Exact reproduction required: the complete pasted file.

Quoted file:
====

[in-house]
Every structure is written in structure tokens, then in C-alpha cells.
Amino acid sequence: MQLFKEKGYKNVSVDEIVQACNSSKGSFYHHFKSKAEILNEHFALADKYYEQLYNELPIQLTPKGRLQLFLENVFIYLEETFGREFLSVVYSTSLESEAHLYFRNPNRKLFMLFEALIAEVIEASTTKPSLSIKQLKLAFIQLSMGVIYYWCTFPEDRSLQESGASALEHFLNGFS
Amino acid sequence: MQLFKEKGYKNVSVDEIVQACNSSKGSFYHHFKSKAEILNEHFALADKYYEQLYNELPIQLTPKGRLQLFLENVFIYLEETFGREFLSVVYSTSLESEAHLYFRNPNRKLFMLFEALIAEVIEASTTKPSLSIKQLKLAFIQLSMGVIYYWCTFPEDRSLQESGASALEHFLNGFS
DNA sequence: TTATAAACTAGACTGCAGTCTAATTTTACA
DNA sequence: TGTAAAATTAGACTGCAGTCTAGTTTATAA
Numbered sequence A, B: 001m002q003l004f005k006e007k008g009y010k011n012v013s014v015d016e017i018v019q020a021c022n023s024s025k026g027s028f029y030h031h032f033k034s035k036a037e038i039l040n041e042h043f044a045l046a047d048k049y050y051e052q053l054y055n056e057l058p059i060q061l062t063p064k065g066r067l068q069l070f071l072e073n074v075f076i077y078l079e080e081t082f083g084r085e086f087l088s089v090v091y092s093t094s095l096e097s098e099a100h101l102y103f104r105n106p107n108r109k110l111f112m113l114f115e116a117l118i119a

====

[in-house]
Every structure is written in structure tokens, then in C-alpha cells.
Amino acid sequence: MQLFKEKGYKNVSVDEIVQACNSSKGSFYHHFKSKAEILNEHFALADKYYEQLYNELPIQLTPKGRLQLFLENVFIYLEETFGREFLSVVYSTSLESEAHLYFRNPNRKLFMLFEALIAEVIEASTTKPSLSIKQLKLAFIQLSMGVIYYWCTFPEDRSLQESGASALEHFLNGFS
Amino acid sequence: MQLFKEKGYKNVSVDEIVQACNSSKGSFYHHFKSKAEILNEHFALADKYYEQLYNELPIQLTPKGRLQLFLENVFIYLEETFGREFLSVVYSTSLESEAHLYFRNPNRKLFMLFEALIAEVIEASTTKPSLSIKQLKLAFIQLSMGVIYYWCTFPEDRSLQESGASALEHFLNGFS
DNA sequence: TTATAAACTAGACTGCAGTCTAATTTTACA
DNA sequence: TGTAAAATTAGACTGCAGTCTAGTTTATAA
Numbered sequence A, B: 001m002q003l004f005k006e007k008g009y010k011n012v013s014v015d016e017i018v019q020a021c022n023s024s025k026g027s028f029y030h031h032f033k034s035k036a037e038i039l040n041e042h043f044a045l046a047d048k049y050y051e052q053l054y055n056e057l058p059i060q061l062t063p064k065g066r067l068q069l070f071l072e073n074v075f076i077y078l079e080e081t082f083g084r085e086f087l088s089v090v091y092s093t094s095l096e097s098e099a100h101l102y103f104r105n106p107n108r109k110l111f112m113l114f115e116a117l118i119a